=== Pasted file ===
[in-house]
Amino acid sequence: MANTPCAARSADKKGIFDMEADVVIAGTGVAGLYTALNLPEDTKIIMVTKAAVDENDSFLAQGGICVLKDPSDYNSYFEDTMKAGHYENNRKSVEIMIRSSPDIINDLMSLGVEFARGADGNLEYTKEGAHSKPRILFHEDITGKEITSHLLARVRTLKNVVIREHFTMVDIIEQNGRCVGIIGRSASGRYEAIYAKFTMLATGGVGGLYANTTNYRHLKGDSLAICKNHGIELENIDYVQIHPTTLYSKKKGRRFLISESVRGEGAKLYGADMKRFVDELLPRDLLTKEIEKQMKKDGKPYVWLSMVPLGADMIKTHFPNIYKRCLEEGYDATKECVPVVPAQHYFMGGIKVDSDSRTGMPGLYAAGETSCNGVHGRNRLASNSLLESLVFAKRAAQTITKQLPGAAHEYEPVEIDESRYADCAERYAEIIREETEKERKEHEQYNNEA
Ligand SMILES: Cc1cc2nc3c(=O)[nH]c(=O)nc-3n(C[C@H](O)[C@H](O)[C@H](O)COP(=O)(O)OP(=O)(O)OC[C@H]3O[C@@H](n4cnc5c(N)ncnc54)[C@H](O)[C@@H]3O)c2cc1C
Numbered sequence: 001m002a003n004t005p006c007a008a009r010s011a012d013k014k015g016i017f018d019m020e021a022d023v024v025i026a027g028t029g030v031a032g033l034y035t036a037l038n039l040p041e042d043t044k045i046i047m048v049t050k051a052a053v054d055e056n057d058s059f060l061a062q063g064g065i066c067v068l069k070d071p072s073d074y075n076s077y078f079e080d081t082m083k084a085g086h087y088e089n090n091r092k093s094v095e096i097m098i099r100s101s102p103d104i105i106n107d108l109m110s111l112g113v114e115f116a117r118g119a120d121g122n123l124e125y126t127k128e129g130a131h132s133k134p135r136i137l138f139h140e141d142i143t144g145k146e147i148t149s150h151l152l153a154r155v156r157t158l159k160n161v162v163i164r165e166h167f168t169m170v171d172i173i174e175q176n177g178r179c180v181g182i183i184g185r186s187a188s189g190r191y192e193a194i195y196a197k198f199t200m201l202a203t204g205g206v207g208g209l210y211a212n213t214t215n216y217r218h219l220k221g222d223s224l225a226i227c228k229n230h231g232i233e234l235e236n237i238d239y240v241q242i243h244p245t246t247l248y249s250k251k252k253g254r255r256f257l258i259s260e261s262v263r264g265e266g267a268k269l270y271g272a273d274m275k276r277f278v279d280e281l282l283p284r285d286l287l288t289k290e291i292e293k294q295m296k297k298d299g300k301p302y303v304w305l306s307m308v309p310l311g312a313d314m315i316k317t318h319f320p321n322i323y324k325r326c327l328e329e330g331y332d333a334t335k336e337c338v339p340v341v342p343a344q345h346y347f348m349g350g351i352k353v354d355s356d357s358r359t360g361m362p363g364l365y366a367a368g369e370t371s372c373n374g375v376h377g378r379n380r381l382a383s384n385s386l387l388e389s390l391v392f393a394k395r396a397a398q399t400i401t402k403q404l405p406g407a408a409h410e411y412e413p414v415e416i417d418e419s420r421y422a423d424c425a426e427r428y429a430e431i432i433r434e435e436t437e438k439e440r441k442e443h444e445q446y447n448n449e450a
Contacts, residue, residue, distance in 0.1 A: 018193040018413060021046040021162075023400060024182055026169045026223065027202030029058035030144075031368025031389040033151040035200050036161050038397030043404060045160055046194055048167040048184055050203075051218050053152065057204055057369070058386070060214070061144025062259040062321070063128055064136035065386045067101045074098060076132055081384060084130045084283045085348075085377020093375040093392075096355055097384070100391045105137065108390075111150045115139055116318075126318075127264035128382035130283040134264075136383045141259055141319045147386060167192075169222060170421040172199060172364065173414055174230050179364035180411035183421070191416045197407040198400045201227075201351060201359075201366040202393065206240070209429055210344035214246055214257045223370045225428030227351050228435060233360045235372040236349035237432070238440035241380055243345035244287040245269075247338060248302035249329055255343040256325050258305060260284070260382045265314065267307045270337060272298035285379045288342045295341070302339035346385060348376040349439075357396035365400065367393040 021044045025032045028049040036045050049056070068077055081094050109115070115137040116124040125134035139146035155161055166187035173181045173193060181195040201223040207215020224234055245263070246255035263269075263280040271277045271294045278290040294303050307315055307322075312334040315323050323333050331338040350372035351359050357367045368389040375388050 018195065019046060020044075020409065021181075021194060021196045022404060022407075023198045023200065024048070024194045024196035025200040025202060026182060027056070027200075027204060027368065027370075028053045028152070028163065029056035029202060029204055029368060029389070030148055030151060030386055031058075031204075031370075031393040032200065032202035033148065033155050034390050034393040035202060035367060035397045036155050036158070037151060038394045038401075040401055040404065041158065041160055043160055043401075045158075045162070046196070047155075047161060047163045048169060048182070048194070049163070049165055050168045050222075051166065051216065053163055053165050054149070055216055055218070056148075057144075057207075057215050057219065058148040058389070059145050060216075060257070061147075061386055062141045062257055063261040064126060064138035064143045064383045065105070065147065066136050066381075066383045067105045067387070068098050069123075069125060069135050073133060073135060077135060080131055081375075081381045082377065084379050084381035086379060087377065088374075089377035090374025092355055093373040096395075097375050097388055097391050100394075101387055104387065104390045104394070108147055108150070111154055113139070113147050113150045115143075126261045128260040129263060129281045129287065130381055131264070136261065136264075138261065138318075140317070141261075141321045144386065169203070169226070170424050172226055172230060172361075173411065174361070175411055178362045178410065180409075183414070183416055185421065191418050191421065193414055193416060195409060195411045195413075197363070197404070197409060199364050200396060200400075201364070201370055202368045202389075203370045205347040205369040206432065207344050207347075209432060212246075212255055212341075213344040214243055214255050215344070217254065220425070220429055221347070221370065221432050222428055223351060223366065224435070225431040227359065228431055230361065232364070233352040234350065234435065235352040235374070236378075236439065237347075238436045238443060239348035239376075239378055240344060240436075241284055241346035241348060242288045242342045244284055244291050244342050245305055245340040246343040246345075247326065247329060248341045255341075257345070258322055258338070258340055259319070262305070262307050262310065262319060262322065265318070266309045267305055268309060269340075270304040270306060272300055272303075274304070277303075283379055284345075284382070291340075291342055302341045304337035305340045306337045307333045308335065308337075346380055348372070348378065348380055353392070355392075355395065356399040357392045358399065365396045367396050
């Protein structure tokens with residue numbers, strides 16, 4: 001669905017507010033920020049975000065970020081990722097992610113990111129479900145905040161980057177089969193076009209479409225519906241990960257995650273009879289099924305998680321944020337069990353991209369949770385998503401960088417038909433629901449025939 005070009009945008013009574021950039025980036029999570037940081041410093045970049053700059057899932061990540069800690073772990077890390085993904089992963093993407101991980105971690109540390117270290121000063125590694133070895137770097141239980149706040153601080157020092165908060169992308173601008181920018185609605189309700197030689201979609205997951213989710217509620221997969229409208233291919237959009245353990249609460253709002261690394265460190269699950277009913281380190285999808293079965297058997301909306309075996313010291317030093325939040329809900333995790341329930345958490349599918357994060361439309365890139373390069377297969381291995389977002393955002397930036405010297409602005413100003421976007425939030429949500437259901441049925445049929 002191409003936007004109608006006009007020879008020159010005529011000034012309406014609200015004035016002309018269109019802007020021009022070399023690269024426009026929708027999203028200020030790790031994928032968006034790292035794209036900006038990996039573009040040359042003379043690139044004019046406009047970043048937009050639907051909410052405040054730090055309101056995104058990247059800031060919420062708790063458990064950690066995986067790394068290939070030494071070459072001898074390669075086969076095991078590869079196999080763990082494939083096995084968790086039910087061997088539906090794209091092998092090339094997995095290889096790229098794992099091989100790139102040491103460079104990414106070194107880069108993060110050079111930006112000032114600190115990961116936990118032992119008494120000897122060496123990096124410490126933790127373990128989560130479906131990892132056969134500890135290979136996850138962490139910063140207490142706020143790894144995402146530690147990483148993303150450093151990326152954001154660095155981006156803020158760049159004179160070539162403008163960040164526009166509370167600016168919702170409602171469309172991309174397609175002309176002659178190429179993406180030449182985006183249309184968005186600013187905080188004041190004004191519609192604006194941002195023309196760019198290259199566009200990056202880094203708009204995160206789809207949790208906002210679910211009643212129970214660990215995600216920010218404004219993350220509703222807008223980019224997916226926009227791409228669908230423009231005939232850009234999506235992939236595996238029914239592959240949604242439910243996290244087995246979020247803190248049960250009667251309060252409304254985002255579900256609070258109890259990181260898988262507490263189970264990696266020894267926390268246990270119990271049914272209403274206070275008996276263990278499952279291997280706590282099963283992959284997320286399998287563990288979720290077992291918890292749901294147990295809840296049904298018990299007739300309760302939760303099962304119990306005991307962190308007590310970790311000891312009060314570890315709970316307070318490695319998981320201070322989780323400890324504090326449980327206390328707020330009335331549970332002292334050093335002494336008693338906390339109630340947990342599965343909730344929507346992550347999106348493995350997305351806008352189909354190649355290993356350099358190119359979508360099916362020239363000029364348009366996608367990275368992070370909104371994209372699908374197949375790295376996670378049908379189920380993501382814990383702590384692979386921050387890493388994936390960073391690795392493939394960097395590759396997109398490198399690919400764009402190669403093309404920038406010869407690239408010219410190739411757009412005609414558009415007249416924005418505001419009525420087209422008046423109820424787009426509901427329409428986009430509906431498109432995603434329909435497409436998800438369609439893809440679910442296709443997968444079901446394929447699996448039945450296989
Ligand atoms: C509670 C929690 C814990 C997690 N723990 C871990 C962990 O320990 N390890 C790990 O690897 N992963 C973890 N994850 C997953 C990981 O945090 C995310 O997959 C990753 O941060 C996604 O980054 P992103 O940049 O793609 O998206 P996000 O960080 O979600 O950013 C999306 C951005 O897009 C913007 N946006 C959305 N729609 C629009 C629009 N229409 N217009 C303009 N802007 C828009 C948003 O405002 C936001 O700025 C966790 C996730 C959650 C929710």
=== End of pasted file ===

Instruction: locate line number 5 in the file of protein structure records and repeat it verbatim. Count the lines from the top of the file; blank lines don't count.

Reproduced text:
Contacts, residue, residue, distance in 0.1 A: 018193040018413060021046040021162075023400060024182055026169045026223065027202030029058035030144075031368025031389040033151040035200050036161050038397030043404060045160055046194055048167040048184055050203075051218050053152065057204055057369070058386070060214070061144025062259040062321070063128055064136035065386045067101045074098060076132055081384060084130045084283045085348075085377020093375040093392075096355055097384070100391045105137065108390075111150045115139055116318075126318075127264035128382035130283040134264075136383045141259055141319045147386060167192075169222060170421040172199060172364065173414055174230050179364035180411035183421070191416045197407040198400045201227075201351060201359075201366040202393065206240070209429055210344035214246055214257045223370045225428030227351050228435060233360045235372040236349035237432070238440035241380055243345035244287040245269075247338060248302035249329055255343040256325050258305060260284070260382045265314065267307045270337060272298035285379045288342045295341070302339035346385060348376040349439075357396035365400065367393040 021044045025032045028049040036045050049056070068077055081094050109115070115137040116124040125134035139146035155161055166187035173181045173193060181195040201223040207215020224234055245263070246255035263269075263280040271277045271294045278290040294303050307315055307322075312334040315323050323333050331338040350372035351359050357367045368389040375388050 018195065019046060020044075020409065021181075021194060021196045022404060022407075023198045023200065024048070024194045024196035025200040025202060026182060027056070027200075027204060027368065027370075028053045028152070028163065029056035029202060029204055029368060029389070030148055030151060030386055031058075031204075031370075031393040032200065032202035033148065033155050034390050034393040035202060035367060035397045036155050036158070037151060038394045038401075040401055040404065041158065041160055043160055043401075045158075045162070046196070047155075047161060047163045048169060048182070048194070049163070049165055050168045050222075051166065051216065053163055053165050054149070055216055055218070056148075057144075057207075057215050057219065058148040058389070059145050060216075060257070061147075061386055062141045062257055063261040064126060064138035064143045064383045065105070065147065066136050066381075066383045067105045067387070068098050069123075069125060069135050073133060073135060077135060080131055081375075081381045082377065084379050084381035086379060087377065088374075089377035090374025092355055093373040096395075097375050097388055097391050100394075101387055104387065104390045104394070108147055108150070111154055113139070113147050113150045115143075126261045128260040129263060129281045129287065130381055131264070136261065136264075138261065138318075140317070141261075141321045144386065169203070169226070170424050172226055172230060172361075173411065174361070175411055178362045178410065180409075183414070183416055185421065191418050191421065193414055193416060195409060195411045195413075197363070197404070197409060199364050200396060200400075201364070201370055202368045202389075203370045205347040205369040206432065207344050207347075209432060212246075212255055212341075213344040214243055214255050215344070217254065220425070220429055221347070221370065221432050222428055223351060223366065224435070225431040227359065228431055230361065232364070233352040234350065234435065235352040235374070236378075236439065237347075238436045238443060239348035239376075239378055240344060240436075241284055241346035241348060242288045242342045244284055244291050244342050245305055245340040246343040246345075247326065247329060248341045255341075257345070258322055258338070258340055259319070262305070262307050262310065262319060262322065265318070266309045267305055268309060269340075270304040270306060272300055272303075274304070277303075283379055284345075284382070291340075291342055302341045304337035305340045306337045307333045308335065308337075346380055348372070348378065348380055353392070355392075355395065356399040357392045358399065365396045367396050